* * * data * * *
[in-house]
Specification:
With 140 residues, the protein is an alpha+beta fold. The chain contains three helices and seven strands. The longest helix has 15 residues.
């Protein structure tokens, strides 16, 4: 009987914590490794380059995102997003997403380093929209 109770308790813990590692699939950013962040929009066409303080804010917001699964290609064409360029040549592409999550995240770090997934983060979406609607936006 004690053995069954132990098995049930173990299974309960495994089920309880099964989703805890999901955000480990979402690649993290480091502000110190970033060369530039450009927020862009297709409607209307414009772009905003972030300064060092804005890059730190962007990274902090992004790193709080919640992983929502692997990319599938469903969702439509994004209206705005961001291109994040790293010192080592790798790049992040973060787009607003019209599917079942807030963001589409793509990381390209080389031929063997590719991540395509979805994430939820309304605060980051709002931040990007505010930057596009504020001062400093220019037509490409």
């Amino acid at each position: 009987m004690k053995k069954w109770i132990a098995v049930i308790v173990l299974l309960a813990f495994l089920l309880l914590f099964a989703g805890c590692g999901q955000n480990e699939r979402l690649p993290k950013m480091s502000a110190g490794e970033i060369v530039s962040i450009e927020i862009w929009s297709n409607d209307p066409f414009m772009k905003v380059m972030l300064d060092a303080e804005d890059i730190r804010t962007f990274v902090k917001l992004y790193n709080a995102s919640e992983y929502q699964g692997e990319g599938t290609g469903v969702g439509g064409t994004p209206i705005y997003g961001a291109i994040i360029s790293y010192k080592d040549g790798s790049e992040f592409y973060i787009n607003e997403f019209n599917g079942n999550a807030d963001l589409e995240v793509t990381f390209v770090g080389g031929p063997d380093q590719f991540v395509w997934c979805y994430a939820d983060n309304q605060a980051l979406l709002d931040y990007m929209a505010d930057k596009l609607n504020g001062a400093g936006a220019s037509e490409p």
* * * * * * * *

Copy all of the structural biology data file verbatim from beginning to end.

[in-house]
Specification:
With 140 residues, the protein is an alpha+beta fold. The chain contains three helices and seven strands. The longest helix has 15 residues.
């Protein structure tokens, strides 16, 4: 009987914590490794380059995102997003997403380093929209 109770308790813990590692699939950013962040929009066409303080804010917001699964290609064409360029040549592409999550995240770090997934983060979406609607936006 004690053995069954132990098995049930173990299974309960495994089920309880099964989703805890999901955000480990979402690649993290480091502000110190970033060369530039450009927020862009297709409607209307414009772009905003972030300064060092804005890059730190962007990274902090992004790193709080919640992983929502692997990319599938469903969702439509994004209206705005961001291109994040790293010192080592790798790049992040973060787009607003019209599917079942807030963001589409793509990381390209080389031929063997590719991540395509979805994430939820309304605060980051709002931040990007505010930057596009504020001062400093220019037509490409």
């Amino acid at each position: 009987m004690k053995k069954w109770i132990a098995v049930i308790v173990l299974l309960a813990f495994l089920l309880l914590f099964a989703g805890c590692g999901q955000n480990e699939r979402l690649p993290k950013m480091s502000a110190g490794e970033i060369v530039s962040i450009e927020i862009w929009s297709n409607d209307p066409f414009m772009k905003v380059m972030l300064d060092a303080e804005d890059i730190r804010t962007f990274v902090k917001l992004y790193n709080a995102s919640e992983y929502q699964g692997e990319g599938t290609g469903v969702g439509g064409t994004p209206i705005y997003g961001a291109i994040i360029s790293y010192k080592d040549g790798s790049e992040f592409y973060i787009n607003e997403f019209n599917g079942n999550a807030d963001l589409e995240v793509t990381f390209v770090g080389g031929p063997d380093q590719f991540v395509w997934c979805y994430a939820d983060n309304q605060a980051l979406l709002d931040y990007m929209a505010d930057k596009l609607n504020g001062a400093g936006a220019s037509e490409p």